Snort, the open-source intrusion-detection software, is vulnerable to hackers, its developers revealed this week.
Snort's popularity has grown as many businesses have been tempted away from expensive proprietary intrusion-detection systems. Snort's advocates argue that it is more secure than products created by the likes of Cisco and other network equipment vendors, as its code is open for developers to both find and fix flaws.
But on Monday, Sourcefire — the company behind Snort — said that hackers could potentially execute malicious code on a system running Snort and gain access to confidential data.
The vulnerability was reported to Sourcefire by Internet Security Systems (ISS), the security arm of IBM.
Reporting the weakness, an ISS report said: "Snort IDS and Sourcefire Intrusion Sensor IDS/IPS [intrusion-detection/prevention system] are vulnerable to a stack-based buffer overflow, which can result in remote code execution... Compromise of machines using affected versions of Snort or Sourcefire may lead to exposure of confidential information, loss of productivity and further compromise. Successful exploitation of this vulnerability results in remote code execution with the privilege level of Snort, usually root or system."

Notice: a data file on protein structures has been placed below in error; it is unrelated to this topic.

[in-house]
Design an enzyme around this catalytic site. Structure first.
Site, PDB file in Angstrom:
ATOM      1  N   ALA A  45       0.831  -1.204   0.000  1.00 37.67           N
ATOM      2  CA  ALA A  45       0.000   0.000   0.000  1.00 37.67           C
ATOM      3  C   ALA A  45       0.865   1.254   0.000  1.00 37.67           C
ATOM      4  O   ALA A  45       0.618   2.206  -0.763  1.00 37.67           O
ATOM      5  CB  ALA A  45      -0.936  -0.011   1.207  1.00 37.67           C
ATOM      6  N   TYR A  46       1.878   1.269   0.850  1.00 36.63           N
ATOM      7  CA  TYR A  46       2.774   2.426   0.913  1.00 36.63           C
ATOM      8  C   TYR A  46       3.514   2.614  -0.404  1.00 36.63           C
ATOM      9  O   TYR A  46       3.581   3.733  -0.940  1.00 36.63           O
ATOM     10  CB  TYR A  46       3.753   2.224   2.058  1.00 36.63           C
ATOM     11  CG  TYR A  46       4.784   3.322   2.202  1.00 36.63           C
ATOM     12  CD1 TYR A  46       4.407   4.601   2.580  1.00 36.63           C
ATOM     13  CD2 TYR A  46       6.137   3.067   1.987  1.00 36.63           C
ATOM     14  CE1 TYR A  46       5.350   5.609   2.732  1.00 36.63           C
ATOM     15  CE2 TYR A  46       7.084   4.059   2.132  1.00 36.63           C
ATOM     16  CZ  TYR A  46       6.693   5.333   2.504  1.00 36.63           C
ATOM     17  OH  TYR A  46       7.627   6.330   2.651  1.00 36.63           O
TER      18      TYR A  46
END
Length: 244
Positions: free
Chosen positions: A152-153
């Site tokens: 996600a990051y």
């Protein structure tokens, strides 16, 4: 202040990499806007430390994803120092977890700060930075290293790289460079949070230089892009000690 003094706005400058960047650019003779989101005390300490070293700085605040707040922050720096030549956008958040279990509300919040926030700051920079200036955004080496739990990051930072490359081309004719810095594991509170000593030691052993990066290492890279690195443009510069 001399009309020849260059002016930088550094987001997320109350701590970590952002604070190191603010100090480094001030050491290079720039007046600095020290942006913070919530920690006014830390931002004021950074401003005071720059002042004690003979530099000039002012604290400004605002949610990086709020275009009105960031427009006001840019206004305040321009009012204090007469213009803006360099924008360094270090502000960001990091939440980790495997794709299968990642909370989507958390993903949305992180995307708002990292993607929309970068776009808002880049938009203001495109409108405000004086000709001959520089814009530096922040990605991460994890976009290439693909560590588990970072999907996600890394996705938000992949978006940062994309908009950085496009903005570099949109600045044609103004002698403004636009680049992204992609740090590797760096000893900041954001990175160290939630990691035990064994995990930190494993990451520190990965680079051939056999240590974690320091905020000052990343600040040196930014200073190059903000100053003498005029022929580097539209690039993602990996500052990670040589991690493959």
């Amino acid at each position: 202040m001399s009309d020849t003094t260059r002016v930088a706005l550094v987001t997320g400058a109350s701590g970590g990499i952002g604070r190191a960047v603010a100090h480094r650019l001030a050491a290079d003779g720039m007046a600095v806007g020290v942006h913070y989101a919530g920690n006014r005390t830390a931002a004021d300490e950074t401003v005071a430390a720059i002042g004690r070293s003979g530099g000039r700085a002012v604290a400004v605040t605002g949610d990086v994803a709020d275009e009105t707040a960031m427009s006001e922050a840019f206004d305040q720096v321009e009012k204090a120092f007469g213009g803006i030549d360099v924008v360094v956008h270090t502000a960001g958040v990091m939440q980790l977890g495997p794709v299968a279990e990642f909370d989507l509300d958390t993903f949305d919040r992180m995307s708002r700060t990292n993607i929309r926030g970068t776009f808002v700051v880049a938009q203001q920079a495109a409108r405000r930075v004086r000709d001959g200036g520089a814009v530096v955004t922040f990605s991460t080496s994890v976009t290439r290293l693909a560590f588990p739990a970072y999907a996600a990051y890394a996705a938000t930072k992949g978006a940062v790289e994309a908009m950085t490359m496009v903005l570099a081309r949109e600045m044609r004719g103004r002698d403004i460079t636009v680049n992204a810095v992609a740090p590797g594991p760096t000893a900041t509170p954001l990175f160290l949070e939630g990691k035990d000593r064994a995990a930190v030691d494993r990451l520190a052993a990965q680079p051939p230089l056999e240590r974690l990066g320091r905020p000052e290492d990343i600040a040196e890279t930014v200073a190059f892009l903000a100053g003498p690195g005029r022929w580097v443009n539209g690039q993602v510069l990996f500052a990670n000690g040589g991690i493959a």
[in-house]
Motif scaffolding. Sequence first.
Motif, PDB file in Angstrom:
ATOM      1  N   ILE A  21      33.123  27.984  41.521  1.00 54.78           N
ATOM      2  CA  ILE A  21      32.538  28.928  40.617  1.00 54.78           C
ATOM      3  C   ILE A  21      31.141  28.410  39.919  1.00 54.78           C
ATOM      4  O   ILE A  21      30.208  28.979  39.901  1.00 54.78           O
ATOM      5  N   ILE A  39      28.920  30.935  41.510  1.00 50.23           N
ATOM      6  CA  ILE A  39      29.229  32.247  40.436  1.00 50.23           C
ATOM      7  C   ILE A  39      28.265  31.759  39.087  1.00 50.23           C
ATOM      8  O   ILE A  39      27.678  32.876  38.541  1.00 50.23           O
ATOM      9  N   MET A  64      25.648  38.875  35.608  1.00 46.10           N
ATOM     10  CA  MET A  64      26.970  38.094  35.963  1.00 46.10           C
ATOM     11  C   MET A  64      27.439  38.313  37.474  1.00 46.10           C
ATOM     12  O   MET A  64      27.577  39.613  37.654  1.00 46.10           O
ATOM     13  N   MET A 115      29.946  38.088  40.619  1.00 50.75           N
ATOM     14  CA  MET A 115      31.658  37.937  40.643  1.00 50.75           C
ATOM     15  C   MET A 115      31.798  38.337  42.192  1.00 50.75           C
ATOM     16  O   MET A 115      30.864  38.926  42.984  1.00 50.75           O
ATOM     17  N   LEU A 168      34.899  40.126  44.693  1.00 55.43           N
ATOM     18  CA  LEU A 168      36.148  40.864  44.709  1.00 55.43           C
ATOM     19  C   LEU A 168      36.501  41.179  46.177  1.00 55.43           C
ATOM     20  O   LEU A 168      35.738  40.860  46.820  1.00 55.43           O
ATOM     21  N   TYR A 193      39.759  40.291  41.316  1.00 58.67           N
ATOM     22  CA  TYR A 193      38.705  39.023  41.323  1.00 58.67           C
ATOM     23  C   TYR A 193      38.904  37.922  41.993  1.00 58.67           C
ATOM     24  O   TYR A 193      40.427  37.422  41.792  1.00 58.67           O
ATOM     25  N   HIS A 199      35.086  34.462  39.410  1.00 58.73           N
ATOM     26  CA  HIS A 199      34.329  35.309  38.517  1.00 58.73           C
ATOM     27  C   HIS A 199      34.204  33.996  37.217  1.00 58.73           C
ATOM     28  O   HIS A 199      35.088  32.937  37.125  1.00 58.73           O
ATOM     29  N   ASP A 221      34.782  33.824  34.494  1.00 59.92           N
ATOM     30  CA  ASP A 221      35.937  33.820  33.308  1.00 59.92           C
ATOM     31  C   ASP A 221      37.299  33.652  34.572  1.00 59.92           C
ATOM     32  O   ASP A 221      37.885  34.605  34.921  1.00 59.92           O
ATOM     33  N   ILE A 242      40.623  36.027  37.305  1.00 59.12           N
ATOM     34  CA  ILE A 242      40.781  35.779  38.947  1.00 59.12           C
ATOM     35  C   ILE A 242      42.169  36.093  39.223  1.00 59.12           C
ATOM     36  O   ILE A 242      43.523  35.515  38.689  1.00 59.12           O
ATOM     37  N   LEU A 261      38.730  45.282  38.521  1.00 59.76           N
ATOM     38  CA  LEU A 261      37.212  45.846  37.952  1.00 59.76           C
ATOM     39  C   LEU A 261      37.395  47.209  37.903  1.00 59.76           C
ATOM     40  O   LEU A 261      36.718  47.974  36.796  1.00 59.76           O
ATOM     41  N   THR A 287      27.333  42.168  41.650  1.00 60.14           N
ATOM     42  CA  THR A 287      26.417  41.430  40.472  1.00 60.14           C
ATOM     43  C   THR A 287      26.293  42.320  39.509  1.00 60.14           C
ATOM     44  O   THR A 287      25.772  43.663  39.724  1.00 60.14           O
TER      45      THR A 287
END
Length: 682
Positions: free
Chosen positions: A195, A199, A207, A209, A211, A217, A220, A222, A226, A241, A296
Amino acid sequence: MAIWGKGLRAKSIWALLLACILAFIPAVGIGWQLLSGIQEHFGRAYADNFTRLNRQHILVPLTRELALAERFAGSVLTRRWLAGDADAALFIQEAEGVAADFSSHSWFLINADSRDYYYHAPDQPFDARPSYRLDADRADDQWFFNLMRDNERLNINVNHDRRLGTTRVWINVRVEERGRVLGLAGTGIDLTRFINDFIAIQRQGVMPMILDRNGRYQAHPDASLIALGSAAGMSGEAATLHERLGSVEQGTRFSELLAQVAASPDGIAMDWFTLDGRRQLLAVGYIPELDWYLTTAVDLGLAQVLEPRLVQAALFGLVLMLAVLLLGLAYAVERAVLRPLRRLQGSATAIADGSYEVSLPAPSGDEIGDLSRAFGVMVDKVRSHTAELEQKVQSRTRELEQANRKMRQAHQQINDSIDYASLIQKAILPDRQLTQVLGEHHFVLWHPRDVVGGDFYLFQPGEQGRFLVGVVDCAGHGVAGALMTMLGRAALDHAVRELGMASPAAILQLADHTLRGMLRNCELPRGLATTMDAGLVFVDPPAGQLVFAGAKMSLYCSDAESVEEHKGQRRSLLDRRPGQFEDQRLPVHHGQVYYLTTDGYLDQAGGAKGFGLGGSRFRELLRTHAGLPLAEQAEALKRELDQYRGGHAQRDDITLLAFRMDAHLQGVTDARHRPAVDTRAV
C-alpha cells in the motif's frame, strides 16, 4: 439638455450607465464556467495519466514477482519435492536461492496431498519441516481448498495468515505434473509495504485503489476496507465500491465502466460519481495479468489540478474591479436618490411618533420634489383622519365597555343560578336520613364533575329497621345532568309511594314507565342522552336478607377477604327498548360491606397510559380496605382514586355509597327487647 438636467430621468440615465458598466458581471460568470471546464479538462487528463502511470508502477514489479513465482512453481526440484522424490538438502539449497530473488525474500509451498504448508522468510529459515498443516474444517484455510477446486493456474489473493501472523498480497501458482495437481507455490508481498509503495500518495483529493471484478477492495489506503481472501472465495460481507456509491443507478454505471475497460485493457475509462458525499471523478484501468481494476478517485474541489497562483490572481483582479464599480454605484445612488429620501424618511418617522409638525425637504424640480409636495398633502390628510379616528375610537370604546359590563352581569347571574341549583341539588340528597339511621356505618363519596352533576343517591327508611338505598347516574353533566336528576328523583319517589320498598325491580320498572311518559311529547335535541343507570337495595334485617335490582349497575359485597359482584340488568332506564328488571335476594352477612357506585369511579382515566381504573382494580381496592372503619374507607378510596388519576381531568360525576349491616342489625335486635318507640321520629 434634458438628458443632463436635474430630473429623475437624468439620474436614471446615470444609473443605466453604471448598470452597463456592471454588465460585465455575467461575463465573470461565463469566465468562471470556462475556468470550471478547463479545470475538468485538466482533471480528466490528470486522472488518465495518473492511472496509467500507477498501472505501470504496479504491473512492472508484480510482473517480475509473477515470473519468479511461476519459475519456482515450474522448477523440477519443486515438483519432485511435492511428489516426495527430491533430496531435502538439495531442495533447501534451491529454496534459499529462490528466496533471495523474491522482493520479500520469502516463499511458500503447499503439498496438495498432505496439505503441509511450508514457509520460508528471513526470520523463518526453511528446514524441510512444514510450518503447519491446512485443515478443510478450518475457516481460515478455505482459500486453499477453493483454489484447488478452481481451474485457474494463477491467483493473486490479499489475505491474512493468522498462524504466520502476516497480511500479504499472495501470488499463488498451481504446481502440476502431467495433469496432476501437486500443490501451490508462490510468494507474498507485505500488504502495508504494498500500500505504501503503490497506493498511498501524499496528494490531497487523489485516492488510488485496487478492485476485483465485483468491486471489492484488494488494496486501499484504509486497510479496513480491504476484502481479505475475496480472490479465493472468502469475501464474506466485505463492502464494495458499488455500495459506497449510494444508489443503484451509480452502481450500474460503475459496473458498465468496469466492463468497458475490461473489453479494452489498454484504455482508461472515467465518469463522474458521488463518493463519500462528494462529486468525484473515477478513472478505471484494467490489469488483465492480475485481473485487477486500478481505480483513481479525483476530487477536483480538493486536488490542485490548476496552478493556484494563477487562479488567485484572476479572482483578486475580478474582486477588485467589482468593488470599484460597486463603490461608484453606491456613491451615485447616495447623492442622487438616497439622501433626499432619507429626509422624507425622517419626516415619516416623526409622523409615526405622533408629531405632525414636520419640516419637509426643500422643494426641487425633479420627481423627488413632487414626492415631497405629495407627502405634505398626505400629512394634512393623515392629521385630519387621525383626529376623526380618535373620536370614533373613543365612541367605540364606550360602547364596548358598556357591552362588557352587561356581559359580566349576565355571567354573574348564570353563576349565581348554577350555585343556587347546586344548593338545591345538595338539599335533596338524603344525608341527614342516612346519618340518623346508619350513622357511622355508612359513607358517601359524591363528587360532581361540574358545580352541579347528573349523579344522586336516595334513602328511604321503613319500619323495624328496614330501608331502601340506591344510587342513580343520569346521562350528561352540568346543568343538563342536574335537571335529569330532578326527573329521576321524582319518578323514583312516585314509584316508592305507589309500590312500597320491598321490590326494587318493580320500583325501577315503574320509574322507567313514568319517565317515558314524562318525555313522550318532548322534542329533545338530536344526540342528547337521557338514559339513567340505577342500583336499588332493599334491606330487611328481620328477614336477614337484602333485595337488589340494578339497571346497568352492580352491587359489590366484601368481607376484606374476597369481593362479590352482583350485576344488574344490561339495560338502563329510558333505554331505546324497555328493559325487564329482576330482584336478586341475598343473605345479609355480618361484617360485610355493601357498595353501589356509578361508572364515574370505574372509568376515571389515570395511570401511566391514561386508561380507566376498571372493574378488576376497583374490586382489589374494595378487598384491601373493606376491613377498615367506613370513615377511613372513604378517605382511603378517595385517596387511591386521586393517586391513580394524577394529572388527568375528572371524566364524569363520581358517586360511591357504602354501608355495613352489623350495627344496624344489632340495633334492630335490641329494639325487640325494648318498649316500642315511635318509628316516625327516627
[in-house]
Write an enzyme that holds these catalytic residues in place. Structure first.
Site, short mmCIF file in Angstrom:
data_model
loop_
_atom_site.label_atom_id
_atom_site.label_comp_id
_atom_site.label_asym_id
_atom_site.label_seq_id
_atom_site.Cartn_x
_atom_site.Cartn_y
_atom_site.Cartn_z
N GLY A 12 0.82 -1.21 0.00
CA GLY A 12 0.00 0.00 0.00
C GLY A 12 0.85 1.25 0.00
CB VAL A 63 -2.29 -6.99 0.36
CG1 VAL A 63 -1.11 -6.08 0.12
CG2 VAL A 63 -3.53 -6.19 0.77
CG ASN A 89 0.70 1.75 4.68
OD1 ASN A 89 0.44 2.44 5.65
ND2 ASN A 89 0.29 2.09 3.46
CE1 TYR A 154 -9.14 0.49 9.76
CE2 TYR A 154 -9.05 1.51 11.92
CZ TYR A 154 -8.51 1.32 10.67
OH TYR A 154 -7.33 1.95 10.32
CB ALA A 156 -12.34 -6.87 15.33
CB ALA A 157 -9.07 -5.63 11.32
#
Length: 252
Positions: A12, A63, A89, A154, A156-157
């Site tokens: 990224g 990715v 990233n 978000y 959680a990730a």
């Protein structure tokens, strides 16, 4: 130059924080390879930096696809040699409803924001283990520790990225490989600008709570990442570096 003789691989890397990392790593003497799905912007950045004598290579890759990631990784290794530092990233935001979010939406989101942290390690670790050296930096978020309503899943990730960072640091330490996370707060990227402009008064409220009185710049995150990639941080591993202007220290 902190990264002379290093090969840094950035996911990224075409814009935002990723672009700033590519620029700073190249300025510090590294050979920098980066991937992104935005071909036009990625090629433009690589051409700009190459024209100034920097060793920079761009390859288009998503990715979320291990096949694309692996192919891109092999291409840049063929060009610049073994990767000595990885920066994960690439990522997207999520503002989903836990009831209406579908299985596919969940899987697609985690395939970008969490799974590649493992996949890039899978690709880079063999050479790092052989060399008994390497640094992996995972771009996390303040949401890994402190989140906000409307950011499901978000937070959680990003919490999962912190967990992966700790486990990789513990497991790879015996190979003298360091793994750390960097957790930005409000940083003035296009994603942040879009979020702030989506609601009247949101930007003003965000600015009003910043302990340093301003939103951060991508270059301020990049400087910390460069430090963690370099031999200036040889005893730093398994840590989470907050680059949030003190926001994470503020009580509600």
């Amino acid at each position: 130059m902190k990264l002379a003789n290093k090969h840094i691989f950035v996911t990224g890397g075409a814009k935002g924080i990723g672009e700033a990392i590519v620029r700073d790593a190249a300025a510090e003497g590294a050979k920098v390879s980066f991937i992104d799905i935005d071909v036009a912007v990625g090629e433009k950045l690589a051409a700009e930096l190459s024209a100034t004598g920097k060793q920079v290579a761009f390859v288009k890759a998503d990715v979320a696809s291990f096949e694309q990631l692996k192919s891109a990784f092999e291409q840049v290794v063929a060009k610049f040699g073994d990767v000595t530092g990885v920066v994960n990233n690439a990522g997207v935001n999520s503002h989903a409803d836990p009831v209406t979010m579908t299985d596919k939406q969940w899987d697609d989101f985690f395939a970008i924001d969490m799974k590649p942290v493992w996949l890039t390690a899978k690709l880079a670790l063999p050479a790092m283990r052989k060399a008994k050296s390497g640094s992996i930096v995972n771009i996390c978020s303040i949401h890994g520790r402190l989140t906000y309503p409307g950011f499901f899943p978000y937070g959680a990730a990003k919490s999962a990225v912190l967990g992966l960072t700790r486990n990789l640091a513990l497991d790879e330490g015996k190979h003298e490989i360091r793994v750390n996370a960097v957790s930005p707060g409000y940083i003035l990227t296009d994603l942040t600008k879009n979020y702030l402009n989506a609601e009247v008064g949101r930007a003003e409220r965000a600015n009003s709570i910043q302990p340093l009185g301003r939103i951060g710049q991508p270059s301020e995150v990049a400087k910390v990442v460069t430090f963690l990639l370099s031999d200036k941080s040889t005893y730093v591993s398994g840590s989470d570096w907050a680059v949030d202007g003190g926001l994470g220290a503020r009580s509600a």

ISS said the following products are affected:
Snort said users of version 220.127.116.11 and 18.104.22.168 should upgrade to 22.214.171.124l, which is not vulnerable. Users of version 2.7 should disable the DCE/RPC preprocessor, the program that contains the vulnerability. Version 2.7 is currently in beta, and the issue will be resolved in a second beta version, Snort said.
Cisco was hit by several vulnerabilities last week, including one that allows hackers to circumvent the IPS protection in its routers.